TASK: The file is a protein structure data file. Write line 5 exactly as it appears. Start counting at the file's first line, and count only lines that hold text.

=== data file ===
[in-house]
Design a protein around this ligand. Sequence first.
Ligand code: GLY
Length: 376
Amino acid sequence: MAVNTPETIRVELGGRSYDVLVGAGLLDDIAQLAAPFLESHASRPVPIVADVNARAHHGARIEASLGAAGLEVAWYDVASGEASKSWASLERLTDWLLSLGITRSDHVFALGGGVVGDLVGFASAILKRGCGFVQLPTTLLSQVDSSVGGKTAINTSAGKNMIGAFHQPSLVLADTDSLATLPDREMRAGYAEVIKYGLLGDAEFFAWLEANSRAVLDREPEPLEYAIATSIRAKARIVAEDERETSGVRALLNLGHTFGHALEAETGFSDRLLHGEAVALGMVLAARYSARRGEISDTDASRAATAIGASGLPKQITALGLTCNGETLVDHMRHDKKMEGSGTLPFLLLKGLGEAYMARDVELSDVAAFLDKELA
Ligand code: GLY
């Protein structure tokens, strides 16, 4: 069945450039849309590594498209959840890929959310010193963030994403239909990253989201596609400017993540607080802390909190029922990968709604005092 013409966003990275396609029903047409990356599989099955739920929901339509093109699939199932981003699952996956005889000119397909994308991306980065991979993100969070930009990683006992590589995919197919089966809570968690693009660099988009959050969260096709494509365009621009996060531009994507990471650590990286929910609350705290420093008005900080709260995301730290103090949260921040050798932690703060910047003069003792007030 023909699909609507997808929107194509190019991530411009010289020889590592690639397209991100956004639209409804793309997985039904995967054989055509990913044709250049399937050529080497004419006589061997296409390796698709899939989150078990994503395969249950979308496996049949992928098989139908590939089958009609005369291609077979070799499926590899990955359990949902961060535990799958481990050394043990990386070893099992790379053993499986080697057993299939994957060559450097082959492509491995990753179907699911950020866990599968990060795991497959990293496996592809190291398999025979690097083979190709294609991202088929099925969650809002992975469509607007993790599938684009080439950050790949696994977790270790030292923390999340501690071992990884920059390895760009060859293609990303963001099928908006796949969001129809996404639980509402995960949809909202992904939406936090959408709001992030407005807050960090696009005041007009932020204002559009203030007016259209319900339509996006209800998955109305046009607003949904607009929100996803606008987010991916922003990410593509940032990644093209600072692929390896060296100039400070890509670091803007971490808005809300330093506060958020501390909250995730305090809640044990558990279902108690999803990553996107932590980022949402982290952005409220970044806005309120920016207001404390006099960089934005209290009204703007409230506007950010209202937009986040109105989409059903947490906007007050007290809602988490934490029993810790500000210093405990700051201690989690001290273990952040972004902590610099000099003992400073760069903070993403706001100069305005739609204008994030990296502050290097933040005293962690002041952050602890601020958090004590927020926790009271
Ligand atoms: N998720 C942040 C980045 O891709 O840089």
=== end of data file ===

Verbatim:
Amino acid sequence: MAVNTPETIRVELGGRSYDVLVGAGLLDDIAQLAAPFLESHASRPVPIVADVNARAHHGARIEASLGAAGLEVAWYDVASGEASKSWASLERLTDWLLSLGITRSDHVFALGGGVVGDLVGFASAILKRGCGFVQLPTTLLSQVDSSVGGKTAINTSAGKNMIGAFHQPSLVLADTDSLATLPDREMRAGYAEVIKYGLLGDAEFFAWLEANSRAVLDREPEPLEYAIATSIRAKARIVAEDERETSGVRALLNLGHTFGHALEAETGFSDRLLHGEAVALGMVLAARYSARRGEISDTDASRAATAIGASGLPKQITALGLTCNGETLVDHMRHDKKMEGSGTLPFLLLKGLGEAYMARDVELSDVAAFLDKELA